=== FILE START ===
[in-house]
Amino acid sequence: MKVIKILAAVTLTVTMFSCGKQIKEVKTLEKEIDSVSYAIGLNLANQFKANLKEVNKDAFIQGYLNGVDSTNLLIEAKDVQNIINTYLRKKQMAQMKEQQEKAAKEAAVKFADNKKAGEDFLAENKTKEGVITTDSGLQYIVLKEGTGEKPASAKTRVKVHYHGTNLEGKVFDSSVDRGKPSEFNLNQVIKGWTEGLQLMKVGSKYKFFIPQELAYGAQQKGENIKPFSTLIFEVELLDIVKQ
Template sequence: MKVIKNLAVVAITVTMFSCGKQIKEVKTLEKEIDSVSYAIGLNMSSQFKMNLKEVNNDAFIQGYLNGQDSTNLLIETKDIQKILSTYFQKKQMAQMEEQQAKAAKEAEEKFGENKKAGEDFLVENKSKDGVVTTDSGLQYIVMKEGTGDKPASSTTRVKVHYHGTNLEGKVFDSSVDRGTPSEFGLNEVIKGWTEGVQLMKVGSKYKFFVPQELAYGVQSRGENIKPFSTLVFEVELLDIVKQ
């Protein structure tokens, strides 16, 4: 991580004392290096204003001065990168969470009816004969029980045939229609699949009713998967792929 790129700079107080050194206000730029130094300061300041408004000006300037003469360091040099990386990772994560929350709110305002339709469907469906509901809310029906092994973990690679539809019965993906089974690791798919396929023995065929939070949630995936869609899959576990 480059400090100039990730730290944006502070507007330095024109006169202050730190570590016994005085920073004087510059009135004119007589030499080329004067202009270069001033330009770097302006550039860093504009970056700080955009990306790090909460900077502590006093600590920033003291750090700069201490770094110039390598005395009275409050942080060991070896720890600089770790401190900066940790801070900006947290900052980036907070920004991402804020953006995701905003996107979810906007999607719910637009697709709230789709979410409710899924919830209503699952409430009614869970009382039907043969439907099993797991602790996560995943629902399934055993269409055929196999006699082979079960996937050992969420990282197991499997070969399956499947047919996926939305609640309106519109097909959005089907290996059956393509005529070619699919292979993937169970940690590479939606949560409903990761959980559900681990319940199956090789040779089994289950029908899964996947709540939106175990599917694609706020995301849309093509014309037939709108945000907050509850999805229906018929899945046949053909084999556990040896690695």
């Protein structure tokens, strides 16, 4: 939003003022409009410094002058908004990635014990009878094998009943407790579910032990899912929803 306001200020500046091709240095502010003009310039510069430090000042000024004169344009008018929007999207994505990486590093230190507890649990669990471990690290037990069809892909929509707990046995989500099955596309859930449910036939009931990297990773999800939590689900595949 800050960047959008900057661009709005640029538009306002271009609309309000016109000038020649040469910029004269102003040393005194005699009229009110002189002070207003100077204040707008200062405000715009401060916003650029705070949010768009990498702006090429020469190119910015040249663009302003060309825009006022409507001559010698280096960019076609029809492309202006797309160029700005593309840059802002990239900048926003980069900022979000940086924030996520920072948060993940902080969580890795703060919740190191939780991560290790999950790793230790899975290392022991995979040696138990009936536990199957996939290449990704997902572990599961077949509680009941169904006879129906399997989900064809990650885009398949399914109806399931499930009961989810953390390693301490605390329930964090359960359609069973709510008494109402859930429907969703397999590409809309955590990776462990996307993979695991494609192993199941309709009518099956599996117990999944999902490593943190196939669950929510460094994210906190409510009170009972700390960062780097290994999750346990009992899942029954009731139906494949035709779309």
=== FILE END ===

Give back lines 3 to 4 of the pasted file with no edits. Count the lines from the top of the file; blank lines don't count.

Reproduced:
Template sequence: MKVIKNLAVVAITVTMFSCGKQIKEVKTLEKEIDSVSYAIGLNMSSQFKMNLKEVNNDAFIQGYLNGQDSTNLLIETKDIQKILSTYFQKKQMAQMEEQQAKAAKEAEEKFGENKKAGEDFLVENKSKDGVVTTDSGLQYIVMKEGTGDKPASSTTRVKVHYHGTNLEGKVFDSSVDRGTPSEFGLNEVIKGWTEGVQLMKVGSKYKFFVPQELAYGVQSRGENIKPFSTLVFEVELLDIVKQ
């Protein structure tokens, strides 16, 4: 991580004392290096204003001065990168969470009816004969029980045939229609699949009713998967792929 790129700079107080050194206000730029130094300061300041408004000006300037003469360091040099990386990772994560929350709110305002339709469907469906509901809310029906092994973990690679539809019965993906089974690791798919396929023995065929939070949630995936869609899959576990 480059400090100039990730730290944006502070507007330095024109006169202050730190570590016994005085920073004087510059009135004119007589030499080329004067202009270069001033330009770097302006550039860093504009970056700080955009990306790090909460900077502590006093600590920033003291750090700069201490770094110039390598005395009275409050942080060991070896720890600089770790401190900066940790801070900006947290900052980036907070920004991402804020953006995701905003996107979810906007999607719910637009697709709230789709979410409710899924919830209503699952409430009614869970009382039907043969439907099993797991602790996560995943629902399934055993269409055929196999006699082979079960996937050992969420990282197991499997070969399956499947047919996926939305609640309106519109097909959005089907290996059956393509005529070619699919292979993937169970940690590479939606949560409903990761959980559900681990319940199956090789040779089994289950029908899964996947709540939106175990599917694609706020995301849309093509014309037939709108945000907050509850999805229906018929899945046949053909084999556990040896690695």